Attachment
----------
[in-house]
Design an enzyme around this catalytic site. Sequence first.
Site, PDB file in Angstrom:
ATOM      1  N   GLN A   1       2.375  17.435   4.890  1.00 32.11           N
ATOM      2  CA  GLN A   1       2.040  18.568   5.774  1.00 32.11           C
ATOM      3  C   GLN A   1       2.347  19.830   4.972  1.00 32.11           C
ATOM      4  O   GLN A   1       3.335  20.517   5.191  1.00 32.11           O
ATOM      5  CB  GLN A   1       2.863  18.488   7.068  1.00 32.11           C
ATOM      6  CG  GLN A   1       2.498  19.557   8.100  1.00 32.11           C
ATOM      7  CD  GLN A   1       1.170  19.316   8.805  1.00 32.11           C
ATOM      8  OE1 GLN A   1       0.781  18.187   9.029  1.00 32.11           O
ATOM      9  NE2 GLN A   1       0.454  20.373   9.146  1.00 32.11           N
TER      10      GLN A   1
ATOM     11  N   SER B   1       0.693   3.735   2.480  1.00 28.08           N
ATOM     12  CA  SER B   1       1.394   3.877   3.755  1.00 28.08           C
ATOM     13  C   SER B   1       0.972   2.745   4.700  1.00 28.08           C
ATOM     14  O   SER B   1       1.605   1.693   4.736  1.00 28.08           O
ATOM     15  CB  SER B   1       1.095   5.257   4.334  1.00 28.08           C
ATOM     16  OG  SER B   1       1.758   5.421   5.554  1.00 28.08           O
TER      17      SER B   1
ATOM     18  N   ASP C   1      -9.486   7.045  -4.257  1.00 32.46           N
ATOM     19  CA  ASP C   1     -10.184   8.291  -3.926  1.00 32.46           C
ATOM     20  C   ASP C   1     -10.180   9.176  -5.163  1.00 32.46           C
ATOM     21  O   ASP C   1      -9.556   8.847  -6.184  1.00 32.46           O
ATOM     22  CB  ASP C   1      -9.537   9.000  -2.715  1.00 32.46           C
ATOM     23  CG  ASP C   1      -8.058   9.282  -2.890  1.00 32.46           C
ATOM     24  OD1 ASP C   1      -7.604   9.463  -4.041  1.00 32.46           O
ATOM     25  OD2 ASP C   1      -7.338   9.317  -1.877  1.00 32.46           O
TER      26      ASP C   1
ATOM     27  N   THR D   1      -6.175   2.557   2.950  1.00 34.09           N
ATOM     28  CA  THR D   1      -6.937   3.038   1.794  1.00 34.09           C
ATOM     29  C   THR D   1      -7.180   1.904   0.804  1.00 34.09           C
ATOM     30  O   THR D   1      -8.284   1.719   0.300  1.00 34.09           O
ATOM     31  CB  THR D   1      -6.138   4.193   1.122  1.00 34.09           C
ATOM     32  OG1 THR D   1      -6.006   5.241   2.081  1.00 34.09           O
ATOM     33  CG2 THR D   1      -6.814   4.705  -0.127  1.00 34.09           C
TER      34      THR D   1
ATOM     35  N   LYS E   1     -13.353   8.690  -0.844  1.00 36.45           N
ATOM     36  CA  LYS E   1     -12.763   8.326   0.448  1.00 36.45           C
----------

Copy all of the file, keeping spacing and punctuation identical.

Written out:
[in-house]
Design an enzyme around this catalytic site. Sequence first.
Site, PDB file in Angstrom:
ATOM      1  N   GLN A   1       2.375  17.435   4.890  1.00 32.11           N
ATOM      2  CA  GLN A   1       2.040  18.568   5.774  1.00 32.11           C
ATOM      3  C   GLN A   1       2.347  19.830   4.972  1.00 32.11           C
ATOM      4  O   GLN A   1       3.335  20.517   5.191  1.00 32.11           O
ATOM      5  CB  GLN A   1       2.863  18.488   7.068  1.00 32.11           C
ATOM      6  CG  GLN A   1       2.498  19.557   8.100  1.00 32.11           C
ATOM      7  CD  GLN A   1       1.170  19.316   8.805  1.00 32.11           C
ATOM      8  OE1 GLN A   1       0.781  18.187   9.029  1.00 32.11           O
ATOM      9  NE2 GLN A   1       0.454  20.373   9.146  1.00 32.11           N
TER      10      GLN A   1
ATOM     11  N   SER B   1       0.693   3.735   2.480  1.00 28.08           N
ATOM     12  CA  SER B   1       1.394   3.877   3.755  1.00 28.08           C
ATOM     13  C   SER B   1       0.972   2.745   4.700  1.00 28.08           C
ATOM     14  O   SER B   1       1.605   1.693   4.736  1.00 28.08           O
ATOM     15  CB  SER B   1       1.095   5.257   4.334  1.00 28.08           C
ATOM     16  OG  SER B   1       1.758   5.421   5.554  1.00 28.08           O
TER      17      SER B   1
ATOM     18  N   ASP C   1      -9.486   7.045  -4.257  1.00 32.46           N
ATOM     19  CA  ASP C   1     -10.184   8.291  -3.926  1.00 32.46           C
ATOM     20  C   ASP C   1     -10.180   9.176  -5.163  1.00 32.46           C
ATOM     21  O   ASP C   1      -9.556   8.847  -6.184  1.00 32.46           O
ATOM     22  CB  ASP C   1      -9.537   9.000  -2.715  1.00 32.46           C
ATOM     23  CG  ASP C   1      -8.058   9.282  -2.890  1.00 32.46           C
ATOM     24  OD1 ASP C   1      -7.604   9.463  -4.041  1.00 32.46           O
ATOM     25  OD2 ASP C   1      -7.338   9.317  -1.877  1.00 32.46           O
TER      26      ASP C   1
ATOM     27  N   THR D   1      -6.175   2.557   2.950  1.00 34.09           N
ATOM     28  CA  THR D   1      -6.937   3.038   1.794  1.00 34.09           C
ATOM     29  C   THR D   1      -7.180   1.904   0.804  1.00 34.09           C
ATOM     30  O   THR D   1      -8.284   1.719   0.300  1.00 34.09           O
ATOM     31  CB  THR D   1      -6.138   4.193   1.122  1.00 34.09           C
ATOM     32  OG1 THR D   1      -6.006   5.241   2.081  1.00 34.09           O
ATOM     33  CG2 THR D   1      -6.814   4.705  -0.127  1.00 34.09           C
TER      34      THR D   1
ATOM     35  N   LYS E   1     -13.353   8.690  -0.844  1.00 36.45           N
ATOM     36  CA  LYS E   1     -12.763   8.326   0.448  1.00 36.45           C